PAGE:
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“What people appreciate about us is that we’re using all of these influences from outside genres in the context of metal.”
—Javier Reyes Photo by Maclyn Bean.
Tosin, even though you’re an acclaimed guitar virtuoso, you’re always trying to learn more.
Abasi: That stuff is like creative fuel for me. Whenever I’m in a rut, I just go find some classes, and usually I’m able to write music from what I learned. I also ended up subscribing to Tim Miller’s online lesson site [members.internetguitarlessons.tv]. He’s awesome. When I start to do stuff like that, then I want to sound like Tim Miller. I think my playing is pretty heady. I’m no Tim Miller or Holdsworth, but the tonalities I gravitate to are a bit towards the adventurous side.
Curiously, “Tooth and Claw” has an Yngwie-like, harmonized diminished run. I was surprised to hear that because your harmonic vocabulary seems to move away from the moves popularized by the Shrapnel shredders.
Abasi: We were referencing Bill and Ted’s Excellent Adventure, like Wyld Stallyns. [Laughs.] Nolly, who is an amazing guitar player, was like, “Let’s try to bring out different elements of your playing.” He started playing a lot of Andy Timmons, Stevie Ray Vaughan, and even some John Mayer and Dimebag Darrell. It was like, “Fuck it man, let’s just wail a little bit”—just unapologetic electric guitar. The first bends are harmonized and have really wide vibrato. That’s something I don’t normally do. I rarely bend, just because 7-and 8-string guitars have extended ranges and don’t really allow for the same level of control because the tension’s greater. There are more strings, the necks are bigger, and you can’t really achieve the same finger positions as on a Strat or a Les Paul. Anyway, that diminished run wasn’t exactly tongue-in-cheek, but it was like, “This is an electric guitar solo. We’re going to harmonize it and pull out some Jason Becker stuff.”
Your playing is more blues-based on this album than on previous releases.
Abasi: This was parallel with me discovering certain guitar players who are more blues-based, like Jimmy Herring, or Jairus Mozee, who plays with Prince. I really got into this kid, Isaiah Sharkey, who plays for D’Angelo and Chris Dave. He grew up playing in church, so it’s like this gospel, neo-soul thing. If it’s not some of the best guitar playing I’ve ever heard! It knocked me on my ass. He’s like 24. He’s gonna hurt your feelings really bad. Like, it’s not okay. [Laughs.]
That’s a whole different bag from what people associate with you.
Abasi: These guys are coming from a whole different angle with the double stops and the major triads. I spent the last year obsessing over these guys, and when it came time to record the solos for this album, my approach to phrasing kind of mutated. I didn’t feel like I needed to play a million notes. I was more concerned with the right notes. Not that I wasn’t before, but my aesthetic is definitely different, so I think that’s one big difference on this album.
Is this just a phase, or will future albums feature more bends and less flash?
Abasi: Probably, because the endgame is just lyrical playing. I want people to hear the solo and not tune out. I want them to tune in. I don't want just guitar players to tune in. Melody is melody. I want to impact people. There are non-guitarists who love Slash’s solos. I’ve seen footage of people singing the guitar solos.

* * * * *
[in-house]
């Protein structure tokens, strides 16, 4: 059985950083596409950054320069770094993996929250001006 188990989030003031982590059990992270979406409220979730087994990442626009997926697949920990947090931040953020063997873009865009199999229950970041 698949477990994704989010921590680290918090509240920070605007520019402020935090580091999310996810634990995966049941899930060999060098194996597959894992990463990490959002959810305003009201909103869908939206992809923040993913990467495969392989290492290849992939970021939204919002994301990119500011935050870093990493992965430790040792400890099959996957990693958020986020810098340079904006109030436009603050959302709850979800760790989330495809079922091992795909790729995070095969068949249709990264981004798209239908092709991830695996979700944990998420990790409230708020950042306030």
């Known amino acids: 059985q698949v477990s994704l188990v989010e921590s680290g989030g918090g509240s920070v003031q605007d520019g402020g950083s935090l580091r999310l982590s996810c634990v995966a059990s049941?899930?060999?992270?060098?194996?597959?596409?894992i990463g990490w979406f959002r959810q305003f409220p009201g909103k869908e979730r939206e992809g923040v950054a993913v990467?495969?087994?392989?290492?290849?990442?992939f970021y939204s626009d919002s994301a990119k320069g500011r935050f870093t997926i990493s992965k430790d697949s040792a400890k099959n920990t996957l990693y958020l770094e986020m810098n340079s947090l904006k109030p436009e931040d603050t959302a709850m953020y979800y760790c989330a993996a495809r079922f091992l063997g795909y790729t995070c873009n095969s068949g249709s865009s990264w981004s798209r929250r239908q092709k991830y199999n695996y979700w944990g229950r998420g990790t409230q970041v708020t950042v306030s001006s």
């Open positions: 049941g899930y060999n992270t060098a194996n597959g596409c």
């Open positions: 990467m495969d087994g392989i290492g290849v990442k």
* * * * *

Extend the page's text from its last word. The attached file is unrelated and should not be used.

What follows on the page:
How do you manage to memorize everything flawlessly for the live shows? It seems like there’s no room for error at all.
Reyes: You’re absolutely right.
Abasi: No margin for error. Not even an eighth-note. Our songs are actually not very complex. There’s a good deal of repetition. A lot of instrumental bands have very sweeping compositions with lots of dense parts. We’ve done maybe 50 to 75 shows with Between the Buried and Me, and there are still parts of their material where I don’t even know how they remember it. Everyone’s mind works differently. I never strived to make something super-dense as far as composition was concerned. There are a lot of layers, but our songs on The Joy of Motion are all under six minutes.
What happens if you screw up a run live?
Abasi: We don't mess up! [Laughs.] I’m not perfect, and for a lot of the material there’s a degree of muscle memory. It’s not like you’re streaming the improvisational mind. You need to reproduce something that’s been recorded—perfectly. You need to be consistent. For the most part, shit works out.
Reyes: It happens all the time. There’s little brain fart where for some reason, I’m thinking about something like where I left my car keys. If it’s one of us, we can all look at each other and say like, “You’re a little ahead or behind.” When you open your eyes wider, that means you fu*ked up. [Laughs.]Do you play to a click track live?
Reyes: It’s funny—when Navene was in the band, I never played to a click. When Matt joined the band, he was way more into the deep displacement. I was like, “I can’t keep up with this guy!” And the first tour we did with him was with Meshuggah, so it was like, “I need to have this click in my ear!” We did one show in Europe without the click, and it was horrendous. We got through it, but there were definitely some sections where we were like, “Oh, god.” All of us. The way Matt ends “CAFO” now is intense. He’s moving the beat and doing all sorts of crazy stuff, so we need that click in there.